Can the National DNA Database be Effective and Comply with Human Rights Legislation?

Frederick Blakemore, Christopher Blake

Research output: Contribution to journalArticlepeer-review


In 2008 the European Court of Human Rights ruled that blanket retention of DNA and fingerprints on the UK National DNA Database (NDNAD) was contrary to Article 8 of the European Convention on Human Rights. This prompted a review of legislation, a period of consultation, a government response within the Crime and Security Act (2010) and, following a new government, the Protection of Freedoms Act 2012. The Prum Treaty (2005) creates an obligation to establish an infrastructure that enables an EU-wide database which will be accessible to every police force in the EU. There are significant concerns about the exchange of information relating to UK citizens who have not been convicted of any offence. This paper will examine how effective the legislation is in balancing the needs of the state with that of the individual, and the efficacy of the NDNAD, as well as strategies for the effective detection of criminals.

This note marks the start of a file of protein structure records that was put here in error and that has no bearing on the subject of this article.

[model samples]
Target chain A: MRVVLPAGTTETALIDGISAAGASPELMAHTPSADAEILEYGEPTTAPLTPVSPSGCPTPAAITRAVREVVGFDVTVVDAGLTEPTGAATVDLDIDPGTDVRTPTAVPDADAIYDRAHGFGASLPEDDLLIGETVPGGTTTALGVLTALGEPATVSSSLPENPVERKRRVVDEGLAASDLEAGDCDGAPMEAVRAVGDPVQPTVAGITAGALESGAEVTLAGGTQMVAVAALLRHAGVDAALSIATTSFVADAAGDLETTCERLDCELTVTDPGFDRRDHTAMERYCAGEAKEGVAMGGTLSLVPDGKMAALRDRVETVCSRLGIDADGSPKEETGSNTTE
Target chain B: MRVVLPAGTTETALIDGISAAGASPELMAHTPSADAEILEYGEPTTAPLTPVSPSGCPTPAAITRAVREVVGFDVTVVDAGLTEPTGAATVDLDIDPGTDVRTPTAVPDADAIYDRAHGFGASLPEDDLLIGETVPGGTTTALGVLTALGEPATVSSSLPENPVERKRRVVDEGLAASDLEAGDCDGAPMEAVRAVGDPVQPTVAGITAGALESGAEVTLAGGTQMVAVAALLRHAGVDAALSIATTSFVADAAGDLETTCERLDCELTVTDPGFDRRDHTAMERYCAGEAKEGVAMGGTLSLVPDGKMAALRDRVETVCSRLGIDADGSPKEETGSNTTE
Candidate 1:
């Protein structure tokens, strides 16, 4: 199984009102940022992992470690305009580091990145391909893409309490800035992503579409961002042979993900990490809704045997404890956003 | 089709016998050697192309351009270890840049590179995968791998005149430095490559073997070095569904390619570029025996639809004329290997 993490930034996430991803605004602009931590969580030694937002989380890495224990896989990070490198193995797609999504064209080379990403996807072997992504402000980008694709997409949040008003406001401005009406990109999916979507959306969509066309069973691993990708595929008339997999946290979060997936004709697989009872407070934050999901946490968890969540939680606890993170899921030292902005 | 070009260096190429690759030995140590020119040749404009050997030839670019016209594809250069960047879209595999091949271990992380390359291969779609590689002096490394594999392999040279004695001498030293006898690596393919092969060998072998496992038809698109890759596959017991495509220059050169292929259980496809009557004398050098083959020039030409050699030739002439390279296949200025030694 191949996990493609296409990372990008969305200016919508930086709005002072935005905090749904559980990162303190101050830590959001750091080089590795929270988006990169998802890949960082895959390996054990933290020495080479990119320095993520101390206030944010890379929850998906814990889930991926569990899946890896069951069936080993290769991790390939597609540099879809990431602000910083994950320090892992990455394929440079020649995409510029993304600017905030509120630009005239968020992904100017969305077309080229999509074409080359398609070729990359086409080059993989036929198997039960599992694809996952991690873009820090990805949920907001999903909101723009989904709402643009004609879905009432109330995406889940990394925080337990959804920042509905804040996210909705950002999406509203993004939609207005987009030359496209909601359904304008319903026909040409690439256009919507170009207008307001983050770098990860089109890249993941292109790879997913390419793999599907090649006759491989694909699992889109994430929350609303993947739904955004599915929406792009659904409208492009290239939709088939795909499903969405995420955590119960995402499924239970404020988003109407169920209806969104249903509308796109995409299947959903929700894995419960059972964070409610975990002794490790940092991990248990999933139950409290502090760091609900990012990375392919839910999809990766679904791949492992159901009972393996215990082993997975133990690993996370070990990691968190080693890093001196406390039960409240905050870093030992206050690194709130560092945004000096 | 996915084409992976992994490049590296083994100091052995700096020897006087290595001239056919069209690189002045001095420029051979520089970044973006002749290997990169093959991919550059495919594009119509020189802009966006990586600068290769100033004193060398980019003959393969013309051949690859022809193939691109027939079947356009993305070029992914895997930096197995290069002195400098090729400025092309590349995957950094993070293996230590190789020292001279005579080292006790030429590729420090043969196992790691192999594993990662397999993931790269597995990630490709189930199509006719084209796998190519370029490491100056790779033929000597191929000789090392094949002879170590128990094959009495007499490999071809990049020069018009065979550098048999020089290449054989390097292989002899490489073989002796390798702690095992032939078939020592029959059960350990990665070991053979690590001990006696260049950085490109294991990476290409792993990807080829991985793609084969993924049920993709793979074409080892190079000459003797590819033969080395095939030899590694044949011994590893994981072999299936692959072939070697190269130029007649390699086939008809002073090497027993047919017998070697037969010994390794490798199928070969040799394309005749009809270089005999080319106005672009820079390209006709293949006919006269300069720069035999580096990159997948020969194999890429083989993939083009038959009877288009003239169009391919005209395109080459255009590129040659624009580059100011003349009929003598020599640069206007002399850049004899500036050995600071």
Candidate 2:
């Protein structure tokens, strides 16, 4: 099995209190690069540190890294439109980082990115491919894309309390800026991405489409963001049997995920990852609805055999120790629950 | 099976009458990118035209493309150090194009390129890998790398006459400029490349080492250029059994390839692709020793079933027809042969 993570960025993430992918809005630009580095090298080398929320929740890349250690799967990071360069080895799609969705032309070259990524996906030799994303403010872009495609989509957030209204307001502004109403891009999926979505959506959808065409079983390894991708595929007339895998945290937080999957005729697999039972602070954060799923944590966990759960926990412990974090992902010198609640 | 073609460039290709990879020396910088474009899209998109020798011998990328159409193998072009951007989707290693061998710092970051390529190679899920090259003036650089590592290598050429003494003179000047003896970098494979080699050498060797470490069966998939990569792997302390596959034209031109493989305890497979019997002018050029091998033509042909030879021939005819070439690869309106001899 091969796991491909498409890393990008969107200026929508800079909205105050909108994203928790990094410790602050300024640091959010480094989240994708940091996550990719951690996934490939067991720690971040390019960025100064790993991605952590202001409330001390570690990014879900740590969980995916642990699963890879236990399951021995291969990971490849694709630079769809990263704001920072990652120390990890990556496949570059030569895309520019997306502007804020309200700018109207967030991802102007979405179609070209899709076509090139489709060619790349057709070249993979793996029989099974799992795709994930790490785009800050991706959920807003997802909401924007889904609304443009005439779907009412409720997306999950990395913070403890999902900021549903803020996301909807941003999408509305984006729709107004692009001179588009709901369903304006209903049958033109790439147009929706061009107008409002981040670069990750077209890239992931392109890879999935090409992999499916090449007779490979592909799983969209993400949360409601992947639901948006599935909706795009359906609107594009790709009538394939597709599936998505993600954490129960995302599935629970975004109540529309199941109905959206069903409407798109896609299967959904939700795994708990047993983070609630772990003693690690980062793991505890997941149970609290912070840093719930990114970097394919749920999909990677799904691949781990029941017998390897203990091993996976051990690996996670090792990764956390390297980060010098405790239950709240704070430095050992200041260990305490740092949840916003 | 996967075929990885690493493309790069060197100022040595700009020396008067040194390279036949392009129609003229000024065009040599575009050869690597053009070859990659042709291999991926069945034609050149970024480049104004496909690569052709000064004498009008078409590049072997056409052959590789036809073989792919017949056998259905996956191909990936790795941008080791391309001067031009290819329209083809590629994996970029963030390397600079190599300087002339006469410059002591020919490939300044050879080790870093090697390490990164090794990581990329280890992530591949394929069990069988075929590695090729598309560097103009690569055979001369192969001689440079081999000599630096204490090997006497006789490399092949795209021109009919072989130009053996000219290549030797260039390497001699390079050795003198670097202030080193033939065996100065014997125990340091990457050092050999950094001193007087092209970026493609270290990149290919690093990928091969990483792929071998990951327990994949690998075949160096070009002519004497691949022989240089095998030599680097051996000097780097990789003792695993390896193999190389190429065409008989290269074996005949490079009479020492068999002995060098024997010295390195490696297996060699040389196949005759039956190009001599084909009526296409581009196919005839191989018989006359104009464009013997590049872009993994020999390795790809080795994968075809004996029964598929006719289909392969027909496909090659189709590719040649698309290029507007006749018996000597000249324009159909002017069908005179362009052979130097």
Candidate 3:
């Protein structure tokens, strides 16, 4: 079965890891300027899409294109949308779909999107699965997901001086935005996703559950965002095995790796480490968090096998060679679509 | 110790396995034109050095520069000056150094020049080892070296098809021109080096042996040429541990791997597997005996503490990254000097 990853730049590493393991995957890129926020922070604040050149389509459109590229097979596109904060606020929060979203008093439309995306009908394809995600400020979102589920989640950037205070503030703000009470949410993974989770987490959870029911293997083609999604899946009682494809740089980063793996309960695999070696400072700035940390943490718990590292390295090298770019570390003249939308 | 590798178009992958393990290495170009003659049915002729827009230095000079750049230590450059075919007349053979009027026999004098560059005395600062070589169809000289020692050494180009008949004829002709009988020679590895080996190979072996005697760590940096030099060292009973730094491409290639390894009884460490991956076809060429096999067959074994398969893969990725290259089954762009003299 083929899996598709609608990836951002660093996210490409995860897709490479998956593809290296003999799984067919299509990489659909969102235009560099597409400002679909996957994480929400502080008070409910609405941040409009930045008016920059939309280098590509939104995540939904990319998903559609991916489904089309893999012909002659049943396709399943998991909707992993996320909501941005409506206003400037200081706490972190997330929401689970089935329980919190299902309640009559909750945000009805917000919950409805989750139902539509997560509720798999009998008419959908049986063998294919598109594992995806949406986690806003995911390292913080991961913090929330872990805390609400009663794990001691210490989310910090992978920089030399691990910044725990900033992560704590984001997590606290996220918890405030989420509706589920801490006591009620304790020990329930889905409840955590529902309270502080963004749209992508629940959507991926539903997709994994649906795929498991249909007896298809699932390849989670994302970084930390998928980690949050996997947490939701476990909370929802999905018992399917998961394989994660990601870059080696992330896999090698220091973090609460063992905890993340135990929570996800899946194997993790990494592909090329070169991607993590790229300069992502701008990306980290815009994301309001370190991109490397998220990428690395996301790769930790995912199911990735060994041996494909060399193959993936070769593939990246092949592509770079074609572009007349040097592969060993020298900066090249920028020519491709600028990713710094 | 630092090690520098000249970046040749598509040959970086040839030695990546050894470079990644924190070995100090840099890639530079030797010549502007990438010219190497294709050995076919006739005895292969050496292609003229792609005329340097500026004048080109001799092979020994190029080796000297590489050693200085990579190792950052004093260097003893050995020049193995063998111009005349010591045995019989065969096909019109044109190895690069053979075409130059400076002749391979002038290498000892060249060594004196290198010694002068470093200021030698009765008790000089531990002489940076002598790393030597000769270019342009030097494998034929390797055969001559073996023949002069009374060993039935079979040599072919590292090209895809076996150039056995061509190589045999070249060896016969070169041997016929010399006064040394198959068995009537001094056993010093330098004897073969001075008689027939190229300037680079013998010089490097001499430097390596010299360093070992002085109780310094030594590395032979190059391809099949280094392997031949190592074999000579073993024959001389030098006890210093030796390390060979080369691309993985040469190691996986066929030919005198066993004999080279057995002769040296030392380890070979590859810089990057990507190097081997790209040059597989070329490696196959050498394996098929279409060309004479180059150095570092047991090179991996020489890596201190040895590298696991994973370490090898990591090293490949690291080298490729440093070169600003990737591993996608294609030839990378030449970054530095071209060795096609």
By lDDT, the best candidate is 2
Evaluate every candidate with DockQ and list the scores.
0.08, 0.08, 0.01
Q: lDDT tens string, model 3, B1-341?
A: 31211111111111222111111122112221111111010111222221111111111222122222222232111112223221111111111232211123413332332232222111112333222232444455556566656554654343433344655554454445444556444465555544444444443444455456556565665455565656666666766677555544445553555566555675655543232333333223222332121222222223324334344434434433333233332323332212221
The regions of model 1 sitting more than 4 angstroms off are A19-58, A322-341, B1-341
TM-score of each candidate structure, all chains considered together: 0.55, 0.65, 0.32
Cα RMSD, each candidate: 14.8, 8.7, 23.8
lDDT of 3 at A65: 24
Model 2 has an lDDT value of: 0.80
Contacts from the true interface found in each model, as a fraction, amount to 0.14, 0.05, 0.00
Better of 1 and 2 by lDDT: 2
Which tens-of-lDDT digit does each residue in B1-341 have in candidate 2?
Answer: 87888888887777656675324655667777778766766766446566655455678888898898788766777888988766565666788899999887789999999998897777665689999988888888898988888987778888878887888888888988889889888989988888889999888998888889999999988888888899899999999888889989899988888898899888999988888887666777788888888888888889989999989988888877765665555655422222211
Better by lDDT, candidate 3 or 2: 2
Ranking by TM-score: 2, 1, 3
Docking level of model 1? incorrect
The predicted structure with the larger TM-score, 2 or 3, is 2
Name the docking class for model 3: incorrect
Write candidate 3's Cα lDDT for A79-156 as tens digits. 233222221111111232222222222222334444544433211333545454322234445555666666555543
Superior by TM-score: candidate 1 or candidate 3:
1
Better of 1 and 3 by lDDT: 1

Original languageEnglish
Pages (from-to)191 - 192
Number of pages1
JournalThe Police Journal: Theory, Practice and Principles
Issue number3
Publication statusPublished - 1 Jan 2012


  • investigation
  • crime and security act 2010
  • protection of freedoms act 2012
  • police national computer
  • racial profiling
  • forensic utility
  • dna detections


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